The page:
Tag Archives: Safe People

What Would Jesus Do in a Toxic Relationship?

TOXIC TUESDAY warning

This is my Toxic Tuesday post on Boundaries a day late.  Illness, a migraine, Christmas planning and festivities and appointments left my house and Tuesday to-do lists flat and unchecked on the pages of my daily calendar.

I will be sharing over the next few week steps I took to make right a gone-wrong relationship and I will share the results of my undertaking. I believe God calls us to be the peacemaker, the negotiator—the problem solver. Why do I believe this? It is the theme of the Bible from Genesis through Revelation. Relationship gone wrong is the reason we need a Savior, Jesus Christ, the reconciler of toxic relationships. Compared to Him we are all toxic. Jesus had justification to leave us behind forever—to move on; to create a new world with sinless people but He didn’t. He remained faithful to His creation when we did not remain faithful to Him. When Christ could have left He instead came closer.

Believe me, the coming closer to my toxic person made me squirm. The what-ifs of my decision took over a portion of my thought life; which in hind sight was essential to keeping my eyes fixed on Jesus. Hebrews 12:1-3, “Do you see what this means—all these pioneers who blazed the way, all these veterans cheering us on? It means we’d better get on with it. Strip down, start running—and never quit! No extra spiritual fat, no parasitic sins. Keep your eyes on Jesus, who both began and finished this race we’re in. Study how he did it. Because he never lost sight of where he was headed—that exhilarating finish in and with God—he could put up with anything along the way: Cross, shame, whatever. And now he’s there, in the place of honor, right alongside God. When you find yourselves flagging in your faith, go over that story again, item by item, that long litany of hostility he plowed through. That will shoot adrenaline into your souls! (The Message)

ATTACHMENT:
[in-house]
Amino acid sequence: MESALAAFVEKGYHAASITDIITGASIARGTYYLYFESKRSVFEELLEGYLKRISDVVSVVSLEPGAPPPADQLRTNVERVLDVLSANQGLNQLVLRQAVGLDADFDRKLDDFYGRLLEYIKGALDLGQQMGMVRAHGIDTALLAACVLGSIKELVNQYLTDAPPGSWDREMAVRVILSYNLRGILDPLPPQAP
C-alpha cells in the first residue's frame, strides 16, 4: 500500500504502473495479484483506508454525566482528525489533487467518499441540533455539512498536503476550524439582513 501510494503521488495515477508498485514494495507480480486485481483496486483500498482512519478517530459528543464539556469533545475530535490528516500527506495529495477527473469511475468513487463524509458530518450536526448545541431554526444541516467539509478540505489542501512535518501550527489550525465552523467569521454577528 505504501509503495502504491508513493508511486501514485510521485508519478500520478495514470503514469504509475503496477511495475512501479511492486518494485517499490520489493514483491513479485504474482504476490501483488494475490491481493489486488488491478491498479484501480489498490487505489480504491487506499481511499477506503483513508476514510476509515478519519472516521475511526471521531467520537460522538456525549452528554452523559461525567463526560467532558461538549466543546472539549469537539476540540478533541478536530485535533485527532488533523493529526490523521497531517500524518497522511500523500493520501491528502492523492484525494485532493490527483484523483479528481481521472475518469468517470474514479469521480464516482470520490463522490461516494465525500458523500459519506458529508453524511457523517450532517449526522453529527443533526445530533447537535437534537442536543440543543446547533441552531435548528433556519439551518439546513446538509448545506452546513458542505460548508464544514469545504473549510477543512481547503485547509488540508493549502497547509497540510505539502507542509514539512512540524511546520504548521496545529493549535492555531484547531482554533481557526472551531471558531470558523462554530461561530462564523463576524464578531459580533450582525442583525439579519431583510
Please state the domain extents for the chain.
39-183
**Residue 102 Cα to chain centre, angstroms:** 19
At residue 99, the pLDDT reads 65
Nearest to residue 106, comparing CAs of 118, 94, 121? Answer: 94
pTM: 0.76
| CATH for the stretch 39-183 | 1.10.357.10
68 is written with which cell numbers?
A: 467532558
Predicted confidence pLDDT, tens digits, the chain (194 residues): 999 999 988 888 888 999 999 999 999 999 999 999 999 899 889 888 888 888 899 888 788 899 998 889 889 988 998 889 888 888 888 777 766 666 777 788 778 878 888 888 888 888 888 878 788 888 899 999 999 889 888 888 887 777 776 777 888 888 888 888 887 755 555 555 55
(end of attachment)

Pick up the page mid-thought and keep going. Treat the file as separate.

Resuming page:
As I interacted in my toxic relationship I focused my eyes, mind and heart on Jesus and told my mountain to, MOVE in the name of Jesus. “He replied, ‘Because you have so little faith. Truly I tell you, if you have faith as small as a mustard seed, you can say to this mountain, ‘Move from here to there,’ and it will move. Nothing will be impossible for you.”  Matthew 17:20. I knew it was the right thing to do and I wanted to stay the course; in fact, when I knew without a shadow of doubt God was releasing me from the relationship I refused to budge. I knew as a Christian God could and would see me through to the other side as I set my resolve toward Him through prayer, Bible study and wise godly counsel. I had faith my toxic person and I would come out on the other side to healing and reconciliation.  At times I felt as though God held my hand as I skimmed the surface of hell begging and pleading with my person to leave their sin, make things right, do the hard thing, seek help, choose their family and their God; not their messed up life and their vocation.

I knew I would never regret staying close to God and doing everything I could through prayer, fasting, setting boundaries, receiving wise godly counsel and finding detours around obstacles.

That being said; if your life is in danger or you are being physically or sexually abused please leave immediately and seek help. In the right margin of my blog you will find links to articles on abusive relationships, resources for counseling services and referrals, and a link for those who are victims of domestic abuse.  God does not expect you to endure abuse or live in danger.

More to come next Tuesday.

The Boundary of Self-SufficiencyFriends art

 If you are attempting to ride out a storm of difficult circumstances self-sufficiency is one boundary that needs to come down.